In terms of Olive Oil vs Water vs Tomato, do remember that BPA concerns increase with the acidity of what the Sardine is packed with. If you are concerned about BPA, avoid lemon and tomato unless the can itself is BPA free. Also note that according to Vital Choice, in a FAQ where somebody called them out over the seemingly inexplicable advantage in nutritional content of their Olive Oil sardines compared to Spring Water version, they stood by their claims saying they didn't understand it at first either but their testing company speculated it has to do with olive oil being less leach prone.

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  • JudyCr
    replied
    I order 12 cans at a time from vital choice, same with tuna..and when I feel like I can really splurge I have them send a couple bags of their scallops, omg, doesn't get any better than wrapping bacon around scallops and grilling!!

    Leave a comment:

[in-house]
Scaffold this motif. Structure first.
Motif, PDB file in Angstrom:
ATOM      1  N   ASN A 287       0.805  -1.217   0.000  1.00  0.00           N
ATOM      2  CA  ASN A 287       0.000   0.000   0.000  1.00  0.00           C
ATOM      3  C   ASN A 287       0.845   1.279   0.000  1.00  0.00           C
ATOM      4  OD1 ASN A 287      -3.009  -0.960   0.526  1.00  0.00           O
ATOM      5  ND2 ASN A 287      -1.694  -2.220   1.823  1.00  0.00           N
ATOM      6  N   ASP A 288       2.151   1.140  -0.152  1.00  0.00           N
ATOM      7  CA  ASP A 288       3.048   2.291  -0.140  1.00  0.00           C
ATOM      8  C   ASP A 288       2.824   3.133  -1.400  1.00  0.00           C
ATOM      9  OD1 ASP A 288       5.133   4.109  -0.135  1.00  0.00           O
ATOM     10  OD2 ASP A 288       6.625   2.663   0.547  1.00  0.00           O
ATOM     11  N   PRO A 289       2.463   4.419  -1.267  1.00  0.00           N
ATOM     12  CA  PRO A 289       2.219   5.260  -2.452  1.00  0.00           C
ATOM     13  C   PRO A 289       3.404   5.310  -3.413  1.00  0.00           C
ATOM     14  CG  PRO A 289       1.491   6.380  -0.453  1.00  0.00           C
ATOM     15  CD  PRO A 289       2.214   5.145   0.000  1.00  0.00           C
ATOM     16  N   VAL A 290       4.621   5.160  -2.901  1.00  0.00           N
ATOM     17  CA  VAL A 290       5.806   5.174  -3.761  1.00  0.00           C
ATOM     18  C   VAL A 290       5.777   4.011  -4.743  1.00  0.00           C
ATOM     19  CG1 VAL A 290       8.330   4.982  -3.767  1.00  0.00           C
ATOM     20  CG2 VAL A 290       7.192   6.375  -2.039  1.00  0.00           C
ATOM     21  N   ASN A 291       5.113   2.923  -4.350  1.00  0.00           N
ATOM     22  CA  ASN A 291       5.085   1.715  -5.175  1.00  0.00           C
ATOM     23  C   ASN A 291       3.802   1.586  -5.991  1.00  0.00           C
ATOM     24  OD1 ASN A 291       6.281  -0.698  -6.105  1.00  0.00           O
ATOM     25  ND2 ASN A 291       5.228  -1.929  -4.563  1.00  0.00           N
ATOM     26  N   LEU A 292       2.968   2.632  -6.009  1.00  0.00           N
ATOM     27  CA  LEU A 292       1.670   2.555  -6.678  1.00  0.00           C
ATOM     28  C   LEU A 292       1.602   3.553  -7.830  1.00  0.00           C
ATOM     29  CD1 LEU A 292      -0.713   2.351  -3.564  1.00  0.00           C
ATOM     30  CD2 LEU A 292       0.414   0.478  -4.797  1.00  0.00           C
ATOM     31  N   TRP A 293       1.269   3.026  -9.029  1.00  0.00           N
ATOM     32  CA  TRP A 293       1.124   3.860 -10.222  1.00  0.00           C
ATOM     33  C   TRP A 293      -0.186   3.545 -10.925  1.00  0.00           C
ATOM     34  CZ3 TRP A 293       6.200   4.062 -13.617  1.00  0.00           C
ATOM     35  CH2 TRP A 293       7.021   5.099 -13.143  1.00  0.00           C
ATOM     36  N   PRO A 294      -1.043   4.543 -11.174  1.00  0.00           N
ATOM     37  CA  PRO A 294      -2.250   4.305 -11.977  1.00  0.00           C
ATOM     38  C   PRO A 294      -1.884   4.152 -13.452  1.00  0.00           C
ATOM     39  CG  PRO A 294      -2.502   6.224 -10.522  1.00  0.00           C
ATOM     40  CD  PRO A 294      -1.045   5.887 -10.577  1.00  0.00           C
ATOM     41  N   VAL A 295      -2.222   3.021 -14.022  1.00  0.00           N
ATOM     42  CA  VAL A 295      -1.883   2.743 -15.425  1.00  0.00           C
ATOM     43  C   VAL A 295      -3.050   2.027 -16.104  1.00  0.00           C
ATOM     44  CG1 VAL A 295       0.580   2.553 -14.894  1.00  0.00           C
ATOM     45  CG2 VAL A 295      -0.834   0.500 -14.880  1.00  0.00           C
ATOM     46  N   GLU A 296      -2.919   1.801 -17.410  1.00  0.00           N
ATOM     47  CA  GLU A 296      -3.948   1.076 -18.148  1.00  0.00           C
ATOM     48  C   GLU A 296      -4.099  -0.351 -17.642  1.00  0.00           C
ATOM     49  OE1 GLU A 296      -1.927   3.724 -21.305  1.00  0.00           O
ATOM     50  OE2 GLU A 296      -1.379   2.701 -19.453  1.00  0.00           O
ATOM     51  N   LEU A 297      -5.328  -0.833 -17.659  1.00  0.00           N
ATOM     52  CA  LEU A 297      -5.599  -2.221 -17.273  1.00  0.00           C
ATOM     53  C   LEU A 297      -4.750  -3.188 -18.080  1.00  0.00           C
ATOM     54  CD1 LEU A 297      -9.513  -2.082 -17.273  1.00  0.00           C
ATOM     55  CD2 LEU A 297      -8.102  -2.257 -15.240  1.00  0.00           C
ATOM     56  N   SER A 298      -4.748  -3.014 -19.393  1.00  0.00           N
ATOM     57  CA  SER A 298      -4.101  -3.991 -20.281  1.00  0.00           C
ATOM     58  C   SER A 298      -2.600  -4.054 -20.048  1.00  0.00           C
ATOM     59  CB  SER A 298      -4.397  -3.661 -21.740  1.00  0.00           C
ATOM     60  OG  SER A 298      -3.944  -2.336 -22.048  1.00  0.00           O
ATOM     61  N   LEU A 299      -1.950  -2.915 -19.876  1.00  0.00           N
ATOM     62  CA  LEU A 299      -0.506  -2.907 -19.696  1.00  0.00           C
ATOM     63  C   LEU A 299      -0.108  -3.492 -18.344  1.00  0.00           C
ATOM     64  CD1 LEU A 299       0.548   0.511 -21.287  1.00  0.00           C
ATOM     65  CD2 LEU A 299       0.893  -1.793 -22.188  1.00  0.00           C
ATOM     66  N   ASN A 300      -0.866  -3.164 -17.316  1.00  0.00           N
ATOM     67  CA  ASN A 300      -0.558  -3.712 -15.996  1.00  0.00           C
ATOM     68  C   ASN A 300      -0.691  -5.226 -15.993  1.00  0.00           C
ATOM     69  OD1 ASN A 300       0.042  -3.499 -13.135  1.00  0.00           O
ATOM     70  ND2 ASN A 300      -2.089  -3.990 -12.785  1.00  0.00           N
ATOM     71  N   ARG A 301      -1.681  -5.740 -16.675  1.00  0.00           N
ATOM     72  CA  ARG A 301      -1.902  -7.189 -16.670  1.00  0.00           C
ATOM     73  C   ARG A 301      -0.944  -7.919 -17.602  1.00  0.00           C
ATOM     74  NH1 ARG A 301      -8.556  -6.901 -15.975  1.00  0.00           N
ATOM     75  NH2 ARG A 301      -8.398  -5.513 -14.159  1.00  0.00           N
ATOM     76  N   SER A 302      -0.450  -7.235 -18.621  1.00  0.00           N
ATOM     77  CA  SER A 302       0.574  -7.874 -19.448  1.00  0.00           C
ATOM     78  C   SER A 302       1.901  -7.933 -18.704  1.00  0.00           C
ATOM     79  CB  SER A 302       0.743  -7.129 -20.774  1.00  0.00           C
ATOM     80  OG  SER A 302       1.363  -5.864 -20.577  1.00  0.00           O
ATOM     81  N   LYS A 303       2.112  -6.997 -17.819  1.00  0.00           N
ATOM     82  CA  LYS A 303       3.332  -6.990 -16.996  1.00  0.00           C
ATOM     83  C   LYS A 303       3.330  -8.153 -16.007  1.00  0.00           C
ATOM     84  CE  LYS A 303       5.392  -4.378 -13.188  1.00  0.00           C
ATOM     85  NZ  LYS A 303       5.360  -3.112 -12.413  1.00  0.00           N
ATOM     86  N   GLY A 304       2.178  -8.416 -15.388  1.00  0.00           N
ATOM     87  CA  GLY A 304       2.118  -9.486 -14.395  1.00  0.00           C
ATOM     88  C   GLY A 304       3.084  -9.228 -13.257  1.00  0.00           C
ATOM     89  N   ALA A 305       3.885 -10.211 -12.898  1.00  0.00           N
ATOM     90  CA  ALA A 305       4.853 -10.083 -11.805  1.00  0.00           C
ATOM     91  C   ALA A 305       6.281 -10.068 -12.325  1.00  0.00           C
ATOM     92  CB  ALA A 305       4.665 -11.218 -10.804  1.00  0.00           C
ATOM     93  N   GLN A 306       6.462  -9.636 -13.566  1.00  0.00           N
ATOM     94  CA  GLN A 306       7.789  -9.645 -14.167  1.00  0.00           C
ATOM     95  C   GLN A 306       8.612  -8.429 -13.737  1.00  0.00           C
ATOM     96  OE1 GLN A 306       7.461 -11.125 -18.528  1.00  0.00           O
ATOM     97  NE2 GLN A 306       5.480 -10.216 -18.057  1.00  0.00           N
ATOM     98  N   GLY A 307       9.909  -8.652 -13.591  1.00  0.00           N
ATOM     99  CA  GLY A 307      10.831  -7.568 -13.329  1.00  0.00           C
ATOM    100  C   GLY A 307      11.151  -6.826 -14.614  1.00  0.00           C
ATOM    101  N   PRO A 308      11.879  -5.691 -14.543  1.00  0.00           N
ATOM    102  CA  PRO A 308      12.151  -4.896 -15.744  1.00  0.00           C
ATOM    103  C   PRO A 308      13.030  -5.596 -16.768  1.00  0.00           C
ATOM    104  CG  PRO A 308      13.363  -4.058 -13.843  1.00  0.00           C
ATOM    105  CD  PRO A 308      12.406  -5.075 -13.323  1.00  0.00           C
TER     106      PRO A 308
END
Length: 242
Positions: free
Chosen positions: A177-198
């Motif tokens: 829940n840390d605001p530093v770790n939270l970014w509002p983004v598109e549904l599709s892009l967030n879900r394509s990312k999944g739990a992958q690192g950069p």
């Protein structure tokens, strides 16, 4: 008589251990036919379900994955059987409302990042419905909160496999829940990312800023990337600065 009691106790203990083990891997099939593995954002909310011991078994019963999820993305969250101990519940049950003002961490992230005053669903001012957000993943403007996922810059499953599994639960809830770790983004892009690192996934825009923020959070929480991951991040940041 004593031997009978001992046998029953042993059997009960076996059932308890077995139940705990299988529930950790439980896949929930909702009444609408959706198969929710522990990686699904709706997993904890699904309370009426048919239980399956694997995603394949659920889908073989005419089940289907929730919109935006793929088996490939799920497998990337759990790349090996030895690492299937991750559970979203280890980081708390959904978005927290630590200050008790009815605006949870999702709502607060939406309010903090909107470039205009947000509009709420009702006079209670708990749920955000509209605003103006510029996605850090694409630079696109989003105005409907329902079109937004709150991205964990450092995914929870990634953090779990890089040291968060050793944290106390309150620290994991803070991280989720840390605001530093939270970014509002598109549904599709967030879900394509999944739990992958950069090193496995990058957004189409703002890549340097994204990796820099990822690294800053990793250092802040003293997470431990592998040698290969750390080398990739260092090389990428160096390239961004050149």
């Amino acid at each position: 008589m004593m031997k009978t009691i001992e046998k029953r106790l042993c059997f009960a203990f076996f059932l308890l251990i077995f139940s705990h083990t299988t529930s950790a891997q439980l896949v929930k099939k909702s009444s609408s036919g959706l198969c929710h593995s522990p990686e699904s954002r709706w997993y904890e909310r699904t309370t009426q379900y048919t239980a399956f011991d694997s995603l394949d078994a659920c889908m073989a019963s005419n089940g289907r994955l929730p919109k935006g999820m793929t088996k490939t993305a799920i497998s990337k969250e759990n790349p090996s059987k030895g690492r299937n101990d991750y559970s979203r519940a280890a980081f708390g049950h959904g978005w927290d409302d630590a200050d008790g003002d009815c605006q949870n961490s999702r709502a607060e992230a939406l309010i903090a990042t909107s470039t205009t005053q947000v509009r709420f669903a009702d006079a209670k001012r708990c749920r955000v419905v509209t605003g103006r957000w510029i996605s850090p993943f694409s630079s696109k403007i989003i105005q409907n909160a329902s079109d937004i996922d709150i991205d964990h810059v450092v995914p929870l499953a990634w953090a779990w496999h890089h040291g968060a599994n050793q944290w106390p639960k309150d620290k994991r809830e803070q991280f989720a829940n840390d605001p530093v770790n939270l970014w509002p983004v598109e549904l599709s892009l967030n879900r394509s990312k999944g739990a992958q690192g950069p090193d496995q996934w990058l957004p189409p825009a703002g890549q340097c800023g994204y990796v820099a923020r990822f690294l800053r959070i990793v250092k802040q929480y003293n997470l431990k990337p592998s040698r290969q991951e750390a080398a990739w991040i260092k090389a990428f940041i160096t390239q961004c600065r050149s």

• KurtGarvey
    replied
    Thanks for the inspiration! I bought a can along with some anchovy fillets last week, but have yet to try them. I definitely will soon!

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  • Nady
    replied
    Sardines are also loaded with RNA ~ youth serum from the inside out

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  • JBailey
    replied
    We recently discovered these treasures - Products: Bela Sardines
    The cayenne pepper ones are my fave so far. They are $3.15 at our local co-op, but if we buy a case of 12 the price goes down to $2.68. Well worth it for the taste and convenience. They are also caught off the coast of Portugal, not the mushy Thai sardines.

    In a pinch we'll stock up on Chicken of the Sea brand. Not my fave, but often on sale for under a dollar. I used to eat them on a rye crisp, but they are also ok chunked up on salad.

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  • Fernaldo
    replied
    The BOMB...

    sardines.PNG